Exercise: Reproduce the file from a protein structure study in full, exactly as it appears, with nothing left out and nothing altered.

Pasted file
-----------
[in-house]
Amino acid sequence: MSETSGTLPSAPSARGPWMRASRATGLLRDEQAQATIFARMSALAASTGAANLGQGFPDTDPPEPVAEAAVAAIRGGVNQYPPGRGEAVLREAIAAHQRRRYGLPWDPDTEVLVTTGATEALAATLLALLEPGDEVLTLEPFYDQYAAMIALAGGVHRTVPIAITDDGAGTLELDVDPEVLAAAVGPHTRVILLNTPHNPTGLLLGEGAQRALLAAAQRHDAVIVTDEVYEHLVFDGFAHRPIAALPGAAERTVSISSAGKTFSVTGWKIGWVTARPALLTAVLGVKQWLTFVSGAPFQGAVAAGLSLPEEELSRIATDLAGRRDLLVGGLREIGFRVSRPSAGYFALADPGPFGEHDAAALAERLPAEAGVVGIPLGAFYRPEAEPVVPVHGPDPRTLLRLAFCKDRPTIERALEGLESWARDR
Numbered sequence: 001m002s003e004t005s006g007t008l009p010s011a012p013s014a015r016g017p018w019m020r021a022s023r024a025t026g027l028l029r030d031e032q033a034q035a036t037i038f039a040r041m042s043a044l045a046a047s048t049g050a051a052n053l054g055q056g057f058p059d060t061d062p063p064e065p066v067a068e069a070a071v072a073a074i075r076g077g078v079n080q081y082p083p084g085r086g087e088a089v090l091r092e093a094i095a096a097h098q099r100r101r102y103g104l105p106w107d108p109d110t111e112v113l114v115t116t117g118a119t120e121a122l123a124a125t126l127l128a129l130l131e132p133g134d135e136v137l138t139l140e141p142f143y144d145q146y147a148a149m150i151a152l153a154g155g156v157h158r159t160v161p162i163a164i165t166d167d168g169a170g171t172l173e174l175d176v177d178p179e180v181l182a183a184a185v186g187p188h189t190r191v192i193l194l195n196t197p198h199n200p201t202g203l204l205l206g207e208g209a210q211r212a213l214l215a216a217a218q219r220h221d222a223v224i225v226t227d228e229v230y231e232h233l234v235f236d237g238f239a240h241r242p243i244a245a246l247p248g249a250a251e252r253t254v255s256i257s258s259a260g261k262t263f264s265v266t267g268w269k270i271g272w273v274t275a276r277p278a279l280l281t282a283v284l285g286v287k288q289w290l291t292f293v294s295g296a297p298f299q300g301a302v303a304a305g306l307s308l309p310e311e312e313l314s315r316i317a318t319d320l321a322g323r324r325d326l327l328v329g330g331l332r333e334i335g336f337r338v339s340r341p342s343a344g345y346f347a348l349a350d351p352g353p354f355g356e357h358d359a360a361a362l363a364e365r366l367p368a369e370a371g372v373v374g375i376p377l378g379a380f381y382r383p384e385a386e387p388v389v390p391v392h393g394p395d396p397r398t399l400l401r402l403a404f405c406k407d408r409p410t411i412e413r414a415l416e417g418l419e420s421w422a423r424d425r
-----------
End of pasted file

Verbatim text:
[in-house]
Amino acid sequence: MSETSGTLPSAPSARGPWMRASRATGLLRDEQAQATIFARMSALAASTGAANLGQGFPDTDPPEPVAEAAVAAIRGGVNQYPPGRGEAVLREAIAAHQRRRYGLPWDPDTEVLVTTGATEALAATLLALLEPGDEVLTLEPFYDQYAAMIALAGGVHRTVPIAITDDGAGTLELDVDPEVLAAAVGPHTRVILLNTPHNPTGLLLGEGAQRALLAAAQRHDAVIVTDEVYEHLVFDGFAHRPIAALPGAAERTVSISSAGKTFSVTGWKIGWVTARPALLTAVLGVKQWLTFVSGAPFQGAVAAGLSLPEEELSRIATDLAGRRDLLVGGLREIGFRVSRPSAGYFALADPGPFGEHDAAALAERLPAEAGVVGIPLGAFYRPEAEPVVPVHGPDPRTLLRLAFCKDRPTIERALEGLESWARDR
Numbered sequence: 001m002s003e004t005s006g007t008l009p010s011a012p013s014a015r016g017p018w019m020r021a022s023r024a025t026g027l028l029r030d031e032q033a034q035a036t037i038f039a040r041m042s043a044l045a046a047s048t049g050a051a052n053l054g055q056g057f058p059d060t061d062p063p064e065p066v067a068e069a070a071v072a073a074i075r076g077g078v079n080q081y082p083p084g085r086g087e088a089v090l091r092e093a094i095a096a097h098q099r100r101r102y103g104l105p106w107d108p109d110t111e112v113l114v115t116t117g118a119t120e121a122l123a124a125t126l127l128a129l130l131e132p133g134d135e136v137l138t139l140e141p142f143y144d145q146y147a148a149m150i151a152l153a154g155g156v157h158r159t160v161p162i163a164i165t166d167d168g169a170g171t172l173e174l175d176v177d178p179e180v181l182a183a184a185v186g187p188h189t190r191v192i193l194l195n196t197p198h199n200p201t202g203l204l205l206g207e208g209a210q211r212a213l214l215a216a217a218q219r220h221d222a223v224i225v226t227d228e229v230y231e232h233l234v235f236d237g238f239a240h241r242p243i244a245a246l247p248g249a250a251e252r253t254v255s256i257s258s259a260g261k262t263f264s265v266t267g268w269k270i271g272w273v274t275a276r277p278a279l280l281t282a283v284l285g286v287k288q289w290l291t292f293v294s295g296a297p298f299q300g301a302v303a304a305g306l307s308l309p310e311e312e313l314s315r316i317a318t319d320l321a322g323r324r325d326l327l328v329g330g331l332r333e334i335g336f337r338v339s340r341p342s343a344g345y346f347a348l349a350d351p352g353p354f355g356e357h358d359a360a361a362l363a364e365r366l367p368a369e370a371g372v373v374g375i376p377l378g379a380f381y382r383p384e385a386e387p388v389v390p391v392h393g394p395d396p397r398t399l400l401r402l403a404f405c406k407d408r409p410t411i412e413r414a415l416e417g418l419e420s421w422a423r424d425r